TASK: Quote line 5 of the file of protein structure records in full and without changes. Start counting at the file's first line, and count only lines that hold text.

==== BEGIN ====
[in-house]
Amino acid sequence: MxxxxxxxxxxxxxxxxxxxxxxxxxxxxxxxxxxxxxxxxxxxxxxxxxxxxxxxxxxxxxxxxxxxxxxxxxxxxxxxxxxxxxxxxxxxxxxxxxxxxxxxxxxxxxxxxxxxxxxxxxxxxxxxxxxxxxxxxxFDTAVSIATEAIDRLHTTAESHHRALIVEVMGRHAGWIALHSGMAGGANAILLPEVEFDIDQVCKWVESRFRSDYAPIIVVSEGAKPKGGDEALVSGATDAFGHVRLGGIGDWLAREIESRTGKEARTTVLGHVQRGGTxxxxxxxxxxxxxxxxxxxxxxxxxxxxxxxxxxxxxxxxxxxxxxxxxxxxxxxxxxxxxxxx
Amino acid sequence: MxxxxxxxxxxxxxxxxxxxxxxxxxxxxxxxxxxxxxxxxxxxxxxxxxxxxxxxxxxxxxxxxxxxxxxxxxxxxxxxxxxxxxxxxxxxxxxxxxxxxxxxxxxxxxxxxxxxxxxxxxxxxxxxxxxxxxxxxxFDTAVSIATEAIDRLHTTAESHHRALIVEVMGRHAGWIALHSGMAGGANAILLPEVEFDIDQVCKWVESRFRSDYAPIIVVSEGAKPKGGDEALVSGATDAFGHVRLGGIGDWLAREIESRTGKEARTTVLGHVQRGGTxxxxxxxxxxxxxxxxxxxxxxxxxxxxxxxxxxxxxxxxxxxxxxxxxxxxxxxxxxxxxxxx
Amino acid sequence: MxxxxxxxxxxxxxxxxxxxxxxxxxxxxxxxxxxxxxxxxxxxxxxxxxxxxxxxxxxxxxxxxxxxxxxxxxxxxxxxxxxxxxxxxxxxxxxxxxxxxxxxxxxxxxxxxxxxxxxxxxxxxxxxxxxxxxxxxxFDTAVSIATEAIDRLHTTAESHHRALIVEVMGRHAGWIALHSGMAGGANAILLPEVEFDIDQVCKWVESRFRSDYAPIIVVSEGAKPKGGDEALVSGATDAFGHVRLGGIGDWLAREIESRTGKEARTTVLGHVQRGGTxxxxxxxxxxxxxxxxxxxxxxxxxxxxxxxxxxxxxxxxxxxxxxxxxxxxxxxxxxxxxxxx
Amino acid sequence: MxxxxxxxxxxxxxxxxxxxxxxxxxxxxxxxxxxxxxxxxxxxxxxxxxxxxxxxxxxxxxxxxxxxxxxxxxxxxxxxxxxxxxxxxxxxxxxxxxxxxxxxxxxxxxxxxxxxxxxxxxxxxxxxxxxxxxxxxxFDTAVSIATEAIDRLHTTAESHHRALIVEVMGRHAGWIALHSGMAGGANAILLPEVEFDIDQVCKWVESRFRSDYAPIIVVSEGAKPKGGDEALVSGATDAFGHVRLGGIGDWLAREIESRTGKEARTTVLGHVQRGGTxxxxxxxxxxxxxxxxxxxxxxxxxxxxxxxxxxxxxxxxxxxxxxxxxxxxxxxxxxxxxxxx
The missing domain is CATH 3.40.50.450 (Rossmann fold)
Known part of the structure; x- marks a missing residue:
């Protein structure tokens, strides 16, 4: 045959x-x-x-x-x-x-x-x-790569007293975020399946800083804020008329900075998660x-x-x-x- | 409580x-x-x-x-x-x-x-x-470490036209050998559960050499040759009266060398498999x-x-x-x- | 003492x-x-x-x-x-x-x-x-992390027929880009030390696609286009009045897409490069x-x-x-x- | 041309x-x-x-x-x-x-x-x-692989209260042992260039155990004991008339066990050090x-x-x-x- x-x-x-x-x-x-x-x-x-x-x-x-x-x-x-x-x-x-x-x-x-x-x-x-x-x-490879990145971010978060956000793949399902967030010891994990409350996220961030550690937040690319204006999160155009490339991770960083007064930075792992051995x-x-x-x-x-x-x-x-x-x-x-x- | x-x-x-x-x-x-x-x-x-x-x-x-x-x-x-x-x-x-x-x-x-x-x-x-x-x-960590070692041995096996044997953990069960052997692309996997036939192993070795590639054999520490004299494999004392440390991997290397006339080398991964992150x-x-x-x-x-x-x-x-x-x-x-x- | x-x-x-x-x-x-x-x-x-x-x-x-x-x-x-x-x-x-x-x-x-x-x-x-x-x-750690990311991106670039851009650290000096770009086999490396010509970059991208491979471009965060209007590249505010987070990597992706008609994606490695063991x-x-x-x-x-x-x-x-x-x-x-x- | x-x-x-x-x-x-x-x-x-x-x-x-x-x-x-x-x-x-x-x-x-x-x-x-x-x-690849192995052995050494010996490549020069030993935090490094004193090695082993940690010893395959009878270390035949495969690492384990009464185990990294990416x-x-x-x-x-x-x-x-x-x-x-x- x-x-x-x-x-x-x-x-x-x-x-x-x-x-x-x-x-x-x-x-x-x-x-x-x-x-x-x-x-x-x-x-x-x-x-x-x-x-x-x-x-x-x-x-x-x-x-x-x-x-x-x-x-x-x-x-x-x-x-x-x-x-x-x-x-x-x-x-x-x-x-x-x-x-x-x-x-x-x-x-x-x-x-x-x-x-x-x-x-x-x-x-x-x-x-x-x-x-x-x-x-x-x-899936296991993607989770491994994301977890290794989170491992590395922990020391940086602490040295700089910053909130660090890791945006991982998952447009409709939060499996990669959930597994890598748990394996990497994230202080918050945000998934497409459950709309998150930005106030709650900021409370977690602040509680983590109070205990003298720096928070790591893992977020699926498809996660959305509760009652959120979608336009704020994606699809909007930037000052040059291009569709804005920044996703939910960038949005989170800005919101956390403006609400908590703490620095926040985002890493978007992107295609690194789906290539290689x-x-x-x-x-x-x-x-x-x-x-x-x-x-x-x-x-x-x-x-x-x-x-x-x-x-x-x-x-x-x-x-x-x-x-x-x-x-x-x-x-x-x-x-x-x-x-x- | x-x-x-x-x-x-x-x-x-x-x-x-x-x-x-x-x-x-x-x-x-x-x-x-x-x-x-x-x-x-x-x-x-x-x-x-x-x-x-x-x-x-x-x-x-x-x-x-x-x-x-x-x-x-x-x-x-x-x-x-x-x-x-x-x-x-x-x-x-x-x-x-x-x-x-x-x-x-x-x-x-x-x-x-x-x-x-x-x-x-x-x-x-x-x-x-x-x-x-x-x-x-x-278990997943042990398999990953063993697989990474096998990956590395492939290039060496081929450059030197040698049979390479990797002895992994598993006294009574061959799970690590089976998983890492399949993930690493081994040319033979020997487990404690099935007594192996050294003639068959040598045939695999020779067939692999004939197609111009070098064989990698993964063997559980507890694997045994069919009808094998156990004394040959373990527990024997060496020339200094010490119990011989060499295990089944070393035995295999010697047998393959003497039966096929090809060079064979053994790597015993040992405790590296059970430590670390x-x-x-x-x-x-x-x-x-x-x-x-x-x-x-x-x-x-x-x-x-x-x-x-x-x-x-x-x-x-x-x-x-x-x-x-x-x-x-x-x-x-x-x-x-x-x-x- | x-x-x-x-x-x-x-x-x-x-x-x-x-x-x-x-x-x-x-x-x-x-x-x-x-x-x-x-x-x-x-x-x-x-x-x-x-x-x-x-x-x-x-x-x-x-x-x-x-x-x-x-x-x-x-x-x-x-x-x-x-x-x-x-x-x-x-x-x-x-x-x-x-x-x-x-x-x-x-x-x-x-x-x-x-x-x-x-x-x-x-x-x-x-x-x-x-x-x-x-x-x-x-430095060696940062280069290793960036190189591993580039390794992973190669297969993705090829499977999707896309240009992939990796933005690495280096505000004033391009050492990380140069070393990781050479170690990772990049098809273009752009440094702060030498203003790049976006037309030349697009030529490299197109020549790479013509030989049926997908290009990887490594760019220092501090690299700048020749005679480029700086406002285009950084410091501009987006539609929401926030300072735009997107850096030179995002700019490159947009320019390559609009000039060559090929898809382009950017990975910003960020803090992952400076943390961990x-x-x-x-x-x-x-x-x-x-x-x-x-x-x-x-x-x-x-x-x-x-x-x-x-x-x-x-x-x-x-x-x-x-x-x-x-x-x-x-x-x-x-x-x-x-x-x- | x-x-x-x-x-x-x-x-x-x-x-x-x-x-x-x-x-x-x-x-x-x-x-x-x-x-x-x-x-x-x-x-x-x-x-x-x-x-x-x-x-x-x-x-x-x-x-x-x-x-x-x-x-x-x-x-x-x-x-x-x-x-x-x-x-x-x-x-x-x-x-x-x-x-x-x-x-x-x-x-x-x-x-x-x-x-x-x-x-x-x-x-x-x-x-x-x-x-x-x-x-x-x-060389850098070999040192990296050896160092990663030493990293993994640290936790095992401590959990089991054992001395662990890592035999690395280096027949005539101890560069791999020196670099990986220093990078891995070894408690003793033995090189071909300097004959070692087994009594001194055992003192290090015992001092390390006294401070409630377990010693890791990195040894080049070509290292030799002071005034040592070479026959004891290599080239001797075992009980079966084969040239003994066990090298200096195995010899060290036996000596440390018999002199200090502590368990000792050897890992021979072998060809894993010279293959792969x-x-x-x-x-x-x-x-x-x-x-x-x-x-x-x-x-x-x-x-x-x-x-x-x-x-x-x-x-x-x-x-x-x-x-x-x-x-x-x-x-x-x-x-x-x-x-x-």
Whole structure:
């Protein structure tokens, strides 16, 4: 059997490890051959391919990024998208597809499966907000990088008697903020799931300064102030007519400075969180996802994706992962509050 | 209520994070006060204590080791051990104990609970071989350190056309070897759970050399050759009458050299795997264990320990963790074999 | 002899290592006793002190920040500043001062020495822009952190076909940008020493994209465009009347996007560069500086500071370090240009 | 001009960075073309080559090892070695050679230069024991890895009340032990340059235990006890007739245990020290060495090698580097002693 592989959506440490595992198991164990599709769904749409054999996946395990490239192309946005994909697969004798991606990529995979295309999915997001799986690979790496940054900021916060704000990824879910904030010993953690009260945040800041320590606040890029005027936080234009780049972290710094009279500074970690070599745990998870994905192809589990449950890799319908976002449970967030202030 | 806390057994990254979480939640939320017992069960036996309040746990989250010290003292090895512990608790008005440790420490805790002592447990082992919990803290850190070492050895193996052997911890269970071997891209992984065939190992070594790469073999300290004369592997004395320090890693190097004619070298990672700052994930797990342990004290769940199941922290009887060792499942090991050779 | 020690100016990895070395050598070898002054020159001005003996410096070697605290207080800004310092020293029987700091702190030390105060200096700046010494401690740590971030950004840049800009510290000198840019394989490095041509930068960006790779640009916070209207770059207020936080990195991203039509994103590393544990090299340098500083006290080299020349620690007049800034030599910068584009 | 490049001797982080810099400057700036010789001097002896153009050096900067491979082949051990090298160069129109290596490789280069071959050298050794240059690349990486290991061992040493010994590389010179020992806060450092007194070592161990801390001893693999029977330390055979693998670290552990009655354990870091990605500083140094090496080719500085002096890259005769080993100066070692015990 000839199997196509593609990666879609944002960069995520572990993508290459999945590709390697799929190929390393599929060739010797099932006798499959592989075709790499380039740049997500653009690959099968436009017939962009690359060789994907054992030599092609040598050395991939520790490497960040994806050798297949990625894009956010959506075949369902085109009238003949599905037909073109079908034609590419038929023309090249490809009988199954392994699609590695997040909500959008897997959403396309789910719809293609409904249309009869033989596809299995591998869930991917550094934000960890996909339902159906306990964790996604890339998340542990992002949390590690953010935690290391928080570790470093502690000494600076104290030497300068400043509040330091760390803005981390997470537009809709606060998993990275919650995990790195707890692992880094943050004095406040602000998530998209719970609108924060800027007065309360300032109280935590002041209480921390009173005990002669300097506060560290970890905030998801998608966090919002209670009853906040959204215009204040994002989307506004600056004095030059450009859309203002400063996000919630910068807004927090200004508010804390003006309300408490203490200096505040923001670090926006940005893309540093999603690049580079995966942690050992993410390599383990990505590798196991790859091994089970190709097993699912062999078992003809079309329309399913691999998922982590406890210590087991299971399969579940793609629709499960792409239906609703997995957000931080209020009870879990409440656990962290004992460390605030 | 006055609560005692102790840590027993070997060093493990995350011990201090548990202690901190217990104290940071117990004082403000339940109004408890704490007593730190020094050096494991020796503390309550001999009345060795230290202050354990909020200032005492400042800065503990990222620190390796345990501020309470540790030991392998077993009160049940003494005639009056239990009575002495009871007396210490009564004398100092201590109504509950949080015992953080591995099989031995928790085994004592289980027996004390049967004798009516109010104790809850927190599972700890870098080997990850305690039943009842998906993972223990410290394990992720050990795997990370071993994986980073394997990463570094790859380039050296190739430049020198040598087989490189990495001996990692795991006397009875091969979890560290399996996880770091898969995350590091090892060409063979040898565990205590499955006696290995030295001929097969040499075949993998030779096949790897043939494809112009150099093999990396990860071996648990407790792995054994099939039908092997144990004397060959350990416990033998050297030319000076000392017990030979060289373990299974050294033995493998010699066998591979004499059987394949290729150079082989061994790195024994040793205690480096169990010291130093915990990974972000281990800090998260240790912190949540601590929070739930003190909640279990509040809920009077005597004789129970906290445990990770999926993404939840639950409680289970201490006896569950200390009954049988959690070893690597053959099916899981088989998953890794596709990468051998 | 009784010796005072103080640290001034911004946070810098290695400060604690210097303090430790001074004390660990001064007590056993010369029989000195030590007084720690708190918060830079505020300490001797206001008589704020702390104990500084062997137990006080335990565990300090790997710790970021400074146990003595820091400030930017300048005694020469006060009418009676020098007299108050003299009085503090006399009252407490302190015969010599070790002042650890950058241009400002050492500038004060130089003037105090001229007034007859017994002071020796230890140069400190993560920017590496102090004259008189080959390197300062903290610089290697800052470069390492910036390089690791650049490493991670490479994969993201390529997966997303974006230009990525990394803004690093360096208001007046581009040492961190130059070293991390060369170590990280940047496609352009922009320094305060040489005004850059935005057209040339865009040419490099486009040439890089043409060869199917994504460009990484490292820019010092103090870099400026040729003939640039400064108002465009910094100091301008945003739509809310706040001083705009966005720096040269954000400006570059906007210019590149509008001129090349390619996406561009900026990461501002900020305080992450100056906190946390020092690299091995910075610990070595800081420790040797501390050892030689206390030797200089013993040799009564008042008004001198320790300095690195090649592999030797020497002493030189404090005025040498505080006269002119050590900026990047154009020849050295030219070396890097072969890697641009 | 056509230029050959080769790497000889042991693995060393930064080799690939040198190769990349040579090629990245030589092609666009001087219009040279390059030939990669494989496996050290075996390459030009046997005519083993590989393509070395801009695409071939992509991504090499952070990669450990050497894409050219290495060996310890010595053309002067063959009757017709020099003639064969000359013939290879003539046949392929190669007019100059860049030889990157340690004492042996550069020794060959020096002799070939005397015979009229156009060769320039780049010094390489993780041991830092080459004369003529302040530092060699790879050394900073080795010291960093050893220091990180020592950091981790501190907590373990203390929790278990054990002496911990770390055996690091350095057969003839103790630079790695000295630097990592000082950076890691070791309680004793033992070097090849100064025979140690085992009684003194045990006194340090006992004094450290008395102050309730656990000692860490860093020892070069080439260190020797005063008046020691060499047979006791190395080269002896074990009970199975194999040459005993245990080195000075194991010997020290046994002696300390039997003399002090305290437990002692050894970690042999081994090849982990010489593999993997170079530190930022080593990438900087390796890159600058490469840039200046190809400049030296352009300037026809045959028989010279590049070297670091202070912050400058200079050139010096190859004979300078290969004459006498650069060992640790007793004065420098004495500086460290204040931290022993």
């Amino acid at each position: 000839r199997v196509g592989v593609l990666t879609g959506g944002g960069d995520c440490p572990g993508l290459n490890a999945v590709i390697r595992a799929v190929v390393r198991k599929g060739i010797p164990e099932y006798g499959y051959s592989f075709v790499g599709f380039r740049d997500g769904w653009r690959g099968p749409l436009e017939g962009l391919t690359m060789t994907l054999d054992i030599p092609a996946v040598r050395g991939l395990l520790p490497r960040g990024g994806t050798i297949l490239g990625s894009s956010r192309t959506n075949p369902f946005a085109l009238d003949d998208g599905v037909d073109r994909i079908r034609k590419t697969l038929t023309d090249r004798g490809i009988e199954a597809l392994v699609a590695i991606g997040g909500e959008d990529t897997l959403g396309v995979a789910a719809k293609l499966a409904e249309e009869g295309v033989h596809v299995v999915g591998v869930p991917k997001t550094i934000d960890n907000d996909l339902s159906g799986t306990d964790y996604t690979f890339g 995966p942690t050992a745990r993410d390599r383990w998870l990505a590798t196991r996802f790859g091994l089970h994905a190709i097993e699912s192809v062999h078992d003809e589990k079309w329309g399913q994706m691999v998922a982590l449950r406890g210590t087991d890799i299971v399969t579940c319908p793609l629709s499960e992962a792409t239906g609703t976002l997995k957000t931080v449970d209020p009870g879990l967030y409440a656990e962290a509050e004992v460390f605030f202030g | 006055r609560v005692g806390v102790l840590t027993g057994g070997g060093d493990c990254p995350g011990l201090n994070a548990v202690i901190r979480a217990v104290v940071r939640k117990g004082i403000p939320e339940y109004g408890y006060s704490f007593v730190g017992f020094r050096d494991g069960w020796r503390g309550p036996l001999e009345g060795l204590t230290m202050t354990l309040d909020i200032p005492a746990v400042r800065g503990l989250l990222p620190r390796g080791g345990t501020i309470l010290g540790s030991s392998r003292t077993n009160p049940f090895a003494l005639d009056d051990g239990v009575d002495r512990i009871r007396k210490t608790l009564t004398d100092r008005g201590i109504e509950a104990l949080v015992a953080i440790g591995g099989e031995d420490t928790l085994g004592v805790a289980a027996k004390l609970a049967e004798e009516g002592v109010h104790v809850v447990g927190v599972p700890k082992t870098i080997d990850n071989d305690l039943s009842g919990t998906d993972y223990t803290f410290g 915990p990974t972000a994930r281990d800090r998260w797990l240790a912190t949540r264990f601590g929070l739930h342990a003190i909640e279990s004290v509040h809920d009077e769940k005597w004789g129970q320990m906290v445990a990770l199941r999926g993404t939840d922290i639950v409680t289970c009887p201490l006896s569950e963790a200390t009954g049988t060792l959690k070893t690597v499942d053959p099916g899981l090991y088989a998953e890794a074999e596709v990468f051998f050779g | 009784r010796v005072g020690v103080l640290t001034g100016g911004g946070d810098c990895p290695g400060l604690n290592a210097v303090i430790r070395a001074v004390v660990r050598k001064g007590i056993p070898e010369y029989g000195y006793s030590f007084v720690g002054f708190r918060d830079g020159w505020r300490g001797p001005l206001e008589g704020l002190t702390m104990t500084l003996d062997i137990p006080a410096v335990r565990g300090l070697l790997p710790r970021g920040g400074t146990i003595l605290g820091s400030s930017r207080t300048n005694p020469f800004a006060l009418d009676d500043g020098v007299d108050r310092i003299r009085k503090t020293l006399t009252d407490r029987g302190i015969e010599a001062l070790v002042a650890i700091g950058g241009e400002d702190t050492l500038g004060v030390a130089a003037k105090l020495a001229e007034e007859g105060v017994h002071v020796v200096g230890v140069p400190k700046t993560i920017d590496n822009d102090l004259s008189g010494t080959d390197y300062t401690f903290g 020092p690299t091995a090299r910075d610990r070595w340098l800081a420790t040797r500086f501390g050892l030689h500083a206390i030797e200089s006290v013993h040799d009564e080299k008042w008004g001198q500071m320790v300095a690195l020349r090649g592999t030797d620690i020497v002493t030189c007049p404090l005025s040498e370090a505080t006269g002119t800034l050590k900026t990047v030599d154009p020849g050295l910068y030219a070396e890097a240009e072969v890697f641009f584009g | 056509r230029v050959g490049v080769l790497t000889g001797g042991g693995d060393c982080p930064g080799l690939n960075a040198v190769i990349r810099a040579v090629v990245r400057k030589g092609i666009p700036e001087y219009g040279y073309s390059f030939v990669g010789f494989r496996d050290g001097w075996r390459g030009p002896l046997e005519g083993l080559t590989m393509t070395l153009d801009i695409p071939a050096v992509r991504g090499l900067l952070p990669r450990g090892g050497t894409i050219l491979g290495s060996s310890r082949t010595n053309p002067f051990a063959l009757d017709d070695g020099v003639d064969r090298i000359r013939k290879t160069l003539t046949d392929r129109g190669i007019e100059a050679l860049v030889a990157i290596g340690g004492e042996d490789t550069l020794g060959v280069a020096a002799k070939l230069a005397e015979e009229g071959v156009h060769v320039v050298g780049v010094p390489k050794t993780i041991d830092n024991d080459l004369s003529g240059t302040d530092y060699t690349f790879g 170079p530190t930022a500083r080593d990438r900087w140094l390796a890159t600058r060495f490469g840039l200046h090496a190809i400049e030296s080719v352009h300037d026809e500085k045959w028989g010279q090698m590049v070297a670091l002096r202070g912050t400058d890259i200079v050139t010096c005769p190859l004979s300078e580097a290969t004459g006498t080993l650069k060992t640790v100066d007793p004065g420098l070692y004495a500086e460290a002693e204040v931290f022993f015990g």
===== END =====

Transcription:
Amino acid sequence: MxxxxxxxxxxxxxxxxxxxxxxxxxxxxxxxxxxxxxxxxxxxxxxxxxxxxxxxxxxxxxxxxxxxxxxxxxxxxxxxxxxxxxxxxxxxxxxxxxxxxxxxxxxxxxxxxxxxxxxxxxxxxxxxxxxxxxxxxxFDTAVSIATEAIDRLHTTAESHHRALIVEVMGRHAGWIALHSGMAGGANAILLPEVEFDIDQVCKWVESRFRSDYAPIIVVSEGAKPKGGDEALVSGATDAFGHVRLGGIGDWLAREIESRTGKEARTTVLGHVQRGGTxxxxxxxxxxxxxxxxxxxxxxxxxxxxxxxxxxxxxxxxxxxxxxxxxxxxxxxxxxxxxxxx